Monday, October 27, 2008

Word of the Day

I'm going to post Friday, Saturday and Sunday's words.

Friday: exoteric ek-suh-TAIR-ik\adj. 1: suitable to be imparted to the public. 2: belonging to the outer or less initiate circle. 3: external.

Example Sentence: As a specialist writing for a broader audience, Annette faces the challenge of producing an exoteric synthesis of complex information.

Did you know? "Exoteric" derives from Latin "exotericus," which is itself from Greek "exoterikus," meaning "external," and ultimately from "exo," meaning "outside." "Exo" has a number of offspring in English, including "exotic," "exonerate," "exorbitant," and the combining form "exo-" or "ex-" (as in "exoskeleton" and "exobiology"). The antonym of "exoteric" is "esoteric," meaning "designed for or understood by the specially initiated alone"; it descends from the Greek word for "within," "eso."

My use: It seems like a lot of information is seen as exoteric these days when it should stay personal.

Saturday: wherewithal\WAIR-with-awl\n. 1: means, resources; specifically: money

Example Sentence: If I had the wherewithal, I'd buy that empty lot next door and put in a garden.

Did you know? "Wherewithal" has been with us in one form or another since the 16th century. It comes from "where" and "withal" (meaning "with"), and it has been used as a conjunction meaning "with or by means of with" and as a pronoun meaning "that with or by with." These days, however, it is almost always used as a noun referring to the means or resources one has at one's disposal - especially financial resources, that is, money.

My use: If I had the wherewithal, I'd buy the house next door and knock it down so we don't have any more crappy tenants.

Sunday: muckrake\MUCK-rayk\v. 1: to search out and publicly expose real or apparent misconduct of a prominent individual or business.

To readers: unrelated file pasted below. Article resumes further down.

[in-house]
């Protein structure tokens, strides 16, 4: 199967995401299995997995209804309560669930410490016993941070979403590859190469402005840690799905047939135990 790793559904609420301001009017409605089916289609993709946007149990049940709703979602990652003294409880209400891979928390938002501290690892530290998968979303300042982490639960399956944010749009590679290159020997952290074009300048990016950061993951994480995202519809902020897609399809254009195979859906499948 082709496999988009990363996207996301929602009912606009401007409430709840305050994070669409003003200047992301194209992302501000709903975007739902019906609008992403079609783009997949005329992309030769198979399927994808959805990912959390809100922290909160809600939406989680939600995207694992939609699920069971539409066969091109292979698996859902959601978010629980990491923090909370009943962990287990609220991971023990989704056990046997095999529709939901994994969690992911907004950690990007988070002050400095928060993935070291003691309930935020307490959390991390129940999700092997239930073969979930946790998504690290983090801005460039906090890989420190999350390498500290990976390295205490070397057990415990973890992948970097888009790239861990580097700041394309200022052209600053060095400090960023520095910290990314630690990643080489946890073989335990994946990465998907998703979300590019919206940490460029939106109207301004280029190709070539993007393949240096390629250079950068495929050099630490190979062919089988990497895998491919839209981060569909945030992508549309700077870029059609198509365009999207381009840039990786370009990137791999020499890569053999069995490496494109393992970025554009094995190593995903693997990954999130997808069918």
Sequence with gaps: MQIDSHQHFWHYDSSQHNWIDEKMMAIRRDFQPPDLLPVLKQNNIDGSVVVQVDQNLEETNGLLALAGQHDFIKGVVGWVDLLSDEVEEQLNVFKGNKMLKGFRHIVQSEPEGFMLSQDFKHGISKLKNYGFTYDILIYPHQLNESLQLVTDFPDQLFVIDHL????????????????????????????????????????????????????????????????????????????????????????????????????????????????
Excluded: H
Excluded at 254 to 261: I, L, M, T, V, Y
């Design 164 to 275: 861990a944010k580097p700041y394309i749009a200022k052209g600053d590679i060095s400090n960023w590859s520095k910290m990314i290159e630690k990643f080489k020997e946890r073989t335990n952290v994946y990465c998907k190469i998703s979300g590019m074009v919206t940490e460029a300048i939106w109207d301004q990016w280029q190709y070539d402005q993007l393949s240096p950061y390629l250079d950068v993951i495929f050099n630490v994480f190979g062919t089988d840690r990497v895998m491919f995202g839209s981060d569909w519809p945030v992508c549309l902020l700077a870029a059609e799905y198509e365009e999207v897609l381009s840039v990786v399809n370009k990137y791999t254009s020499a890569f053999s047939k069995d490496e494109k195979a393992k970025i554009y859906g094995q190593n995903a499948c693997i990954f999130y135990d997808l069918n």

Example Sentence: Arn is an aggressive reporter, never afraid to ask difficult questions, hound evasive sources, or muckrake when things appear suspect.

Did you know? The noun "muckrake" (literally, a rake for "muck," i.e., manure) rose out of the dung heap and into the realm of literary metaphor in 1684. That's when John Bunyan used it in Pilgrim's Progress to represent man's preoccupation with earthly things. "The Man with the Muckrake," he wrote, "could look no way but downward." In a 1906 speech Teddy Roosevelt recalled Bunyan's words while railing against journalists he thought focused too much on exposing corruption in business and government. Roosevelt called them "the men with the muck-rakes" and implied that they needed to learn "when to stop raking the muck, and to look upward." Investigative reporters weren't insulted: they adopted the term "muckraker" as a badge of honor. And soon English speakers were using the verb "muckrake" for the practice of exposing misconduct.

My use: It has taken a lot of muckraking to expose some of the top officials in business as embezzlers.

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